# example of free module with bases of diffrent cardinality

Let $k$ be a field and $V$ be an infinite dimensional vector space^{} over $k$. Let ${\{{e}_{i}\}}_{i\in I}$ be its basis. Denote by $R=\mathrm{End}(V)$ the ring of endomorphisms of $V$ with standard addition^{} and composition as a multiplication.

Let $J$ be any set such that $|J|\le |I|$.

Proposition^{}. $R$ and ${\prod}_{j\in J}R$ are isomorphic as a $R$-modules.

Proof. Let $\alpha :I\to J\times I$ be a bijection (it exists since $|I|\ge |J|$ and $I$ is infinite^{}) and denote by ${\pi}_{1}:J\times I\to J$ and ${\pi}_{2}:J\times I\to I$ the projections^{}. Moreover let ${\delta}_{1}={\pi}_{1}\circ \alpha $ and ${\delta}_{2}={\pi}_{2}\circ \alpha $.

Recall that ${\prod}_{j\in J}R=\{f:J\to R\}$ (with obvious $R$-module structure^{}) and define a map $\varphi :{\prod}_{j\in J}R\to R$ by defining the endomorphism^{} $\varphi (f)\in R$ for $f\in {\prod}_{j\in J}R$ as follows:

$$\varphi (f)({e}_{i})=f({\delta}_{1}(i))({e}_{{\delta}_{2}(i)}).$$ |

We will show that $\varphi $ is an isomorphism^{}. It is easy to see that $\varphi $ is a $R$-module homomorphism^{}. Therefore it is enough to show that $\varphi $ is injective^{} and surjective^{}.

$1)$ Recall that $\varphi $ is injective if and only if $\mathrm{ker}(\varphi )=0$. So assume that $\varphi (f)=0$ for $f\in {\prod}_{j\in J}R$. Note that $f=0$ if and only if $f(j)=0$ for all $j\in J$ and this is if and only if $f(j)({e}_{i})=0$ for all $j\in J$ and $i\in I$. So take any $(j,i)\in J\times I$. Then (since $\alpha $ is bijective) there exists ${i}_{0}\in I$ such that $\alpha ({i}_{0})=(j,i)$. It follows that ${\delta}_{1}({i}_{0})=j$ and ${\delta}_{2}({i}_{0})=i$. Thus we have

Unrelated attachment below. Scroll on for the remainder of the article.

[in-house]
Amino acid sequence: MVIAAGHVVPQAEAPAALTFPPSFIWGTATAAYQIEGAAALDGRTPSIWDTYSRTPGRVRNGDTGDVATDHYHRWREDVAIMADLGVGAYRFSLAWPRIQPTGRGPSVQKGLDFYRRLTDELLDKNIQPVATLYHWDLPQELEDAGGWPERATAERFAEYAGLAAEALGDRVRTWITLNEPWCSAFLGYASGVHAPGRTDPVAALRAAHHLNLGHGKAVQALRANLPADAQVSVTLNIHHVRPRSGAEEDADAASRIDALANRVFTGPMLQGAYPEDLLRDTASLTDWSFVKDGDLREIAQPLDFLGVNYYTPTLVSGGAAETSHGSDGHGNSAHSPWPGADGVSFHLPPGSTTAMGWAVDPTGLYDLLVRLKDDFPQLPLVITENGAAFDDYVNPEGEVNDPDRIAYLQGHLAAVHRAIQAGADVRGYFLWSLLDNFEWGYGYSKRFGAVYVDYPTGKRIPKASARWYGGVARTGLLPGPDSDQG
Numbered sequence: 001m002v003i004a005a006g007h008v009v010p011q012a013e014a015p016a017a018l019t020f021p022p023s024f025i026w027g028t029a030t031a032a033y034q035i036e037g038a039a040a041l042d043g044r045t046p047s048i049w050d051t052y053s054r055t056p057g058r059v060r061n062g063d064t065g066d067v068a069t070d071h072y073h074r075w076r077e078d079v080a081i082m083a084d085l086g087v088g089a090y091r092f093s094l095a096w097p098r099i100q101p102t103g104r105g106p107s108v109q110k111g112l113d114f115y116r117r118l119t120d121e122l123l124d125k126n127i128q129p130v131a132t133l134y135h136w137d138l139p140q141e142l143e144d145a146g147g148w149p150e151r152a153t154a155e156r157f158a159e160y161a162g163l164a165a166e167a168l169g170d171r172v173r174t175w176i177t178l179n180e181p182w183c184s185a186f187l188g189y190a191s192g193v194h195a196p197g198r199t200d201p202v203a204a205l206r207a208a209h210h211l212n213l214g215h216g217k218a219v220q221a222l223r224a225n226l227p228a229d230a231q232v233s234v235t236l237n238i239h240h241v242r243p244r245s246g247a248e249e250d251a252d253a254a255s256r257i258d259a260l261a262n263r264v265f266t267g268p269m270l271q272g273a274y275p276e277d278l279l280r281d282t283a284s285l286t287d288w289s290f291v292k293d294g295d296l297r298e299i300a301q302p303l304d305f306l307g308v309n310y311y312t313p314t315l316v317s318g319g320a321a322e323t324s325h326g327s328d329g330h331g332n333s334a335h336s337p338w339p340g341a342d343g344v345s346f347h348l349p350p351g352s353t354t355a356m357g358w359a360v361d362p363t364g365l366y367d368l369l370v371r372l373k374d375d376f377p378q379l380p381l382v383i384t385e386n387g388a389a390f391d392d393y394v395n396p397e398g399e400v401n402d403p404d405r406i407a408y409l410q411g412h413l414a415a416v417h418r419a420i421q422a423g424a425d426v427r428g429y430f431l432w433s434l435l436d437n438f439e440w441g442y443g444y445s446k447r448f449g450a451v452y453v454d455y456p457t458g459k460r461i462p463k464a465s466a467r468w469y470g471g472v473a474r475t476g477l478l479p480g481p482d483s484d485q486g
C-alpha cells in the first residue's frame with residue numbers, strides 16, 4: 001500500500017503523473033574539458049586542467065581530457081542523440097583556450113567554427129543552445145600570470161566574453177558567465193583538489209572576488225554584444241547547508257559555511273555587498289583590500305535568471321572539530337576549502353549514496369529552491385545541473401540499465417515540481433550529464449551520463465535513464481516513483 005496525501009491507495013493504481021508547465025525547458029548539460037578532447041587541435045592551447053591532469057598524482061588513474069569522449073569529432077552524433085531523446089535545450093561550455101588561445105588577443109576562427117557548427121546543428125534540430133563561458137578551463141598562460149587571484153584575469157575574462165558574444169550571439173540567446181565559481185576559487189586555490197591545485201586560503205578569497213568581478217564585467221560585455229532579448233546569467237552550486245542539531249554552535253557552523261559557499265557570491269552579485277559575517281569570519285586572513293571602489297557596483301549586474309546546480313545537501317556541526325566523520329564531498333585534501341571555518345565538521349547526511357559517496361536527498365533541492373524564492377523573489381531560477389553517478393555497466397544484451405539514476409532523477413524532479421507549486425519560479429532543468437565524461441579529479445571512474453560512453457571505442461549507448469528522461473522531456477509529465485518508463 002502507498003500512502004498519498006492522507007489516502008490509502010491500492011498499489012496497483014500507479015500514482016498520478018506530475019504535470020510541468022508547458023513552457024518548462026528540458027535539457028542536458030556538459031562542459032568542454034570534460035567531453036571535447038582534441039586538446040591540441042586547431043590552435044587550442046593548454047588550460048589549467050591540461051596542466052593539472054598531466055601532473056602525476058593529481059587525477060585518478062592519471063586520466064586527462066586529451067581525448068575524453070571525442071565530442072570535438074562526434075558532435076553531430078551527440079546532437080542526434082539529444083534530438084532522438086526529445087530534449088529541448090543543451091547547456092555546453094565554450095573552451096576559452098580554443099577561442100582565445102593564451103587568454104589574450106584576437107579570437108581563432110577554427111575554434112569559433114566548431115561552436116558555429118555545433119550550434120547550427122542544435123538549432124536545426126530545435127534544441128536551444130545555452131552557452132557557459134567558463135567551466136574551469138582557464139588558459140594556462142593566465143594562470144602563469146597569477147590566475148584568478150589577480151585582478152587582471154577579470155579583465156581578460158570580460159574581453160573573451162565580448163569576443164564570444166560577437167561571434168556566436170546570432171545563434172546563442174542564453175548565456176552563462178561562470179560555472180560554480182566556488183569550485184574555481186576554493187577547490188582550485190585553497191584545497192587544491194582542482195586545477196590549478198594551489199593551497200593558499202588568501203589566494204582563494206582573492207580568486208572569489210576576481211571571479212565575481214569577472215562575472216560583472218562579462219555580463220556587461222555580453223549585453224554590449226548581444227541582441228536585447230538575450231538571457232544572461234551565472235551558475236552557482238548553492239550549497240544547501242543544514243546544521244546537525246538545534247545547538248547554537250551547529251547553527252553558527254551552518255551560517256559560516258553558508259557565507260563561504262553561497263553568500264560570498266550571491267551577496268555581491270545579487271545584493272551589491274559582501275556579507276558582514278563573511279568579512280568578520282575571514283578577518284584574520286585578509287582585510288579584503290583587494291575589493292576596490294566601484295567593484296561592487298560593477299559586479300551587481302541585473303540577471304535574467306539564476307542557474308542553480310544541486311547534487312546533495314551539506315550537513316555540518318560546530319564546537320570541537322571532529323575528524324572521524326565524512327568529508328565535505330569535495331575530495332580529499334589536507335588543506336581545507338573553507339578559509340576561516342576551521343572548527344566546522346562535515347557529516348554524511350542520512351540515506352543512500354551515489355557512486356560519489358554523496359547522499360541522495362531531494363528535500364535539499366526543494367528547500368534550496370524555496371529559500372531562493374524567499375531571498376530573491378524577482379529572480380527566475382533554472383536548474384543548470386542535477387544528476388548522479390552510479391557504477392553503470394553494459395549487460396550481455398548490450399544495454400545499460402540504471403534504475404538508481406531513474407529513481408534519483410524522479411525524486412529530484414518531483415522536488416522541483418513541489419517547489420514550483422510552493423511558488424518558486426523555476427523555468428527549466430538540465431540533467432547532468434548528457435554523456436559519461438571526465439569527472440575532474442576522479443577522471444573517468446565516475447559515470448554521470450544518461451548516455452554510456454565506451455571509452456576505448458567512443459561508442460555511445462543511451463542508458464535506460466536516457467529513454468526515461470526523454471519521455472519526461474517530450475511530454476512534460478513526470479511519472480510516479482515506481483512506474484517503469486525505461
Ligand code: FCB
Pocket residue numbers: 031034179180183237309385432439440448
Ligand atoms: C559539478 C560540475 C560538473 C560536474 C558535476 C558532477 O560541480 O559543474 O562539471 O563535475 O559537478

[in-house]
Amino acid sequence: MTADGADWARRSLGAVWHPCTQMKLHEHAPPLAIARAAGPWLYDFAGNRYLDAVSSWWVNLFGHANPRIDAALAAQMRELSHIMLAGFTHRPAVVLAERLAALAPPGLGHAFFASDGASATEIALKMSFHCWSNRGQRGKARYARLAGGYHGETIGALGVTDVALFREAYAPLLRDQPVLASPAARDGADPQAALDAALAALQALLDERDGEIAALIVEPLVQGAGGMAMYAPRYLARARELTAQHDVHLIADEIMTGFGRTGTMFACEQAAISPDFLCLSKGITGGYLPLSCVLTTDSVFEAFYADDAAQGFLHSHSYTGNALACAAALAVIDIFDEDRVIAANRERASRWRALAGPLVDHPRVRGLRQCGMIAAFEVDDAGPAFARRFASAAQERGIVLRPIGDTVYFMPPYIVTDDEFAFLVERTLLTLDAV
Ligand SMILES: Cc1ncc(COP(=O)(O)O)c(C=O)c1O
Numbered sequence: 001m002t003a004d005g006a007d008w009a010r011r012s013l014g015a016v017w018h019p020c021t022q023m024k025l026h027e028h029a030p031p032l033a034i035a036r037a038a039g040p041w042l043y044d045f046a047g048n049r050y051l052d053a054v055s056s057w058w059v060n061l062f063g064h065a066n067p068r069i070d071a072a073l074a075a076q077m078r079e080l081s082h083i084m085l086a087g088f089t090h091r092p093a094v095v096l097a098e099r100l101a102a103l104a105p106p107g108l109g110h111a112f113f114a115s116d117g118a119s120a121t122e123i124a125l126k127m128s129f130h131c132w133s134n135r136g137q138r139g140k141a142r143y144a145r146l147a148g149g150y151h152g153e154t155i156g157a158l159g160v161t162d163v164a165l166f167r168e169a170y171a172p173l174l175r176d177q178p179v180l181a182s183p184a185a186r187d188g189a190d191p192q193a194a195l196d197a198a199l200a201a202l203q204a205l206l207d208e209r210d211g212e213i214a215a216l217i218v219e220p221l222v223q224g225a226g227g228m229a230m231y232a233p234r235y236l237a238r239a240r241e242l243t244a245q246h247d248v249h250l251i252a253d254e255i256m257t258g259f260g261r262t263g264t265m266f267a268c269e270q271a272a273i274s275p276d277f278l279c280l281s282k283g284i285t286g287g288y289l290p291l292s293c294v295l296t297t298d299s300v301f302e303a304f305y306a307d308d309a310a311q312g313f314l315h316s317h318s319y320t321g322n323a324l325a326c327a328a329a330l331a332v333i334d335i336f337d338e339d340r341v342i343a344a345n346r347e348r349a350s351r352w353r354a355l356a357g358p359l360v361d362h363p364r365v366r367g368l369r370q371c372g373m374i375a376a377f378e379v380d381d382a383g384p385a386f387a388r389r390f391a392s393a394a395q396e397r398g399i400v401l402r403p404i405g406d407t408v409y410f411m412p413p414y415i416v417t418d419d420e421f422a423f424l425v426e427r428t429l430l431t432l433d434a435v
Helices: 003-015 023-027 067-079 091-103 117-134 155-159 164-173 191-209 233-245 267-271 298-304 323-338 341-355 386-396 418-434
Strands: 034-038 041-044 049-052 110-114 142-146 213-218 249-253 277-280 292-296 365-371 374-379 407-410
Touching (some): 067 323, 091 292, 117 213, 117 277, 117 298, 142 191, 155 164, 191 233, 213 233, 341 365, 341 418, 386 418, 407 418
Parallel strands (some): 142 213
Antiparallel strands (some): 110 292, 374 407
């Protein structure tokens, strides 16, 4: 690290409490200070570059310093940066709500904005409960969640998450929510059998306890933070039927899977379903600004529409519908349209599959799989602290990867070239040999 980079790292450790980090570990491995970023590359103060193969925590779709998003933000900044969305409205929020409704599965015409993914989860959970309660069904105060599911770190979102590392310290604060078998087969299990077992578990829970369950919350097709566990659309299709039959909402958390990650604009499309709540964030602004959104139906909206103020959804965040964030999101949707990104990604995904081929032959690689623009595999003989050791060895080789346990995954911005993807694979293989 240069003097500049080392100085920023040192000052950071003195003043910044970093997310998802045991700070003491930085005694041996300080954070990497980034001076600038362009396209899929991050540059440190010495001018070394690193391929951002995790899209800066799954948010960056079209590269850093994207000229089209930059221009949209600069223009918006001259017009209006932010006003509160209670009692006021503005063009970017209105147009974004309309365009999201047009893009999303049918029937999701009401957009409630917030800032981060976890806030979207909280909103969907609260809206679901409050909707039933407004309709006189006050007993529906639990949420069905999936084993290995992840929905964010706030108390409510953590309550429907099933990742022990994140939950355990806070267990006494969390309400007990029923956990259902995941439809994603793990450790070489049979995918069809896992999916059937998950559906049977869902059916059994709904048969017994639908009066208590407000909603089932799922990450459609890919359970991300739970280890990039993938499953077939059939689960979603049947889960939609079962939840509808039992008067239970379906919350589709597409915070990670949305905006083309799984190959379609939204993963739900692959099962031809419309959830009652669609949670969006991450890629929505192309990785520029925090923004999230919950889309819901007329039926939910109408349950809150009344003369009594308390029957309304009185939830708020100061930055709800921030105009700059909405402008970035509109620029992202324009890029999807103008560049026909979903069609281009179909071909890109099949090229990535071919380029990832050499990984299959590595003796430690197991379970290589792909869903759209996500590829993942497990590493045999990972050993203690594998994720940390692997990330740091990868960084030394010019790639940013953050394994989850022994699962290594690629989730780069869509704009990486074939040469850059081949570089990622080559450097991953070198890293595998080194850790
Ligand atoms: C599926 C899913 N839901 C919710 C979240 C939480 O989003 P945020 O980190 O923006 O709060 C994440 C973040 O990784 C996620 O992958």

$$0=\varphi (f)({e}_{{i}_{0}})=f({\delta}_{1}({i}_{0}))({e}_{{\delta}_{2}({i}_{0})})=f(j)({e}_{i}).$$ |

Since $j$ and $i$ were arbitrary, then $f=0$ which completes^{} this part.

$2)$ We wish to show that $\varphi $ is onto, so take any $h\in R$. Define $f\in {\prod}_{j\in J}R$ by the following formula^{}:

$$f(j)({e}_{i})=h({e}_{{\alpha}^{-1}(j,i)}).$$ |

It is easy to see that $\varphi (f)=h$. $\mathrm{\square}$

Corollary. For any two numbers $n,m\in \mathbb{N}$ there exists a ring $R$ and a free module^{} $M$ such that $M$ has two bases with cardinality $n,m$ respectively.

Proof. It follows from the proposition, that for $R=\mathrm{End}(V)$ we have

$${R}^{n}\simeq R\simeq {R}^{m}.$$ |

For finite set^{} $J$ module ${\prod}_{j\in J}R$ is free with basis consisting $|J|$ elements (product^{} is the same as direct sum^{}). Therefore (due to existence of previous isomorphisms) $R$-module $R$ has two bases, one of cardinality $n$ and second of cardinality $m$. $\mathrm{\square}$

Title | example of free module with bases of diffrent cardinality |
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Canonical name | ExampleOfFreeModuleWithBasesOfDiffrentCardinality |

Date of creation | 2013-03-22 18:07:18 |

Last modified on | 2013-03-22 18:07:18 |

Owner | joking (16130) |

Last modified by | joking (16130) |

Numerical id | 13 |

Author | joking (16130) |

Entry type | Example |

Classification | msc 16D40 |

Related topic | IBN |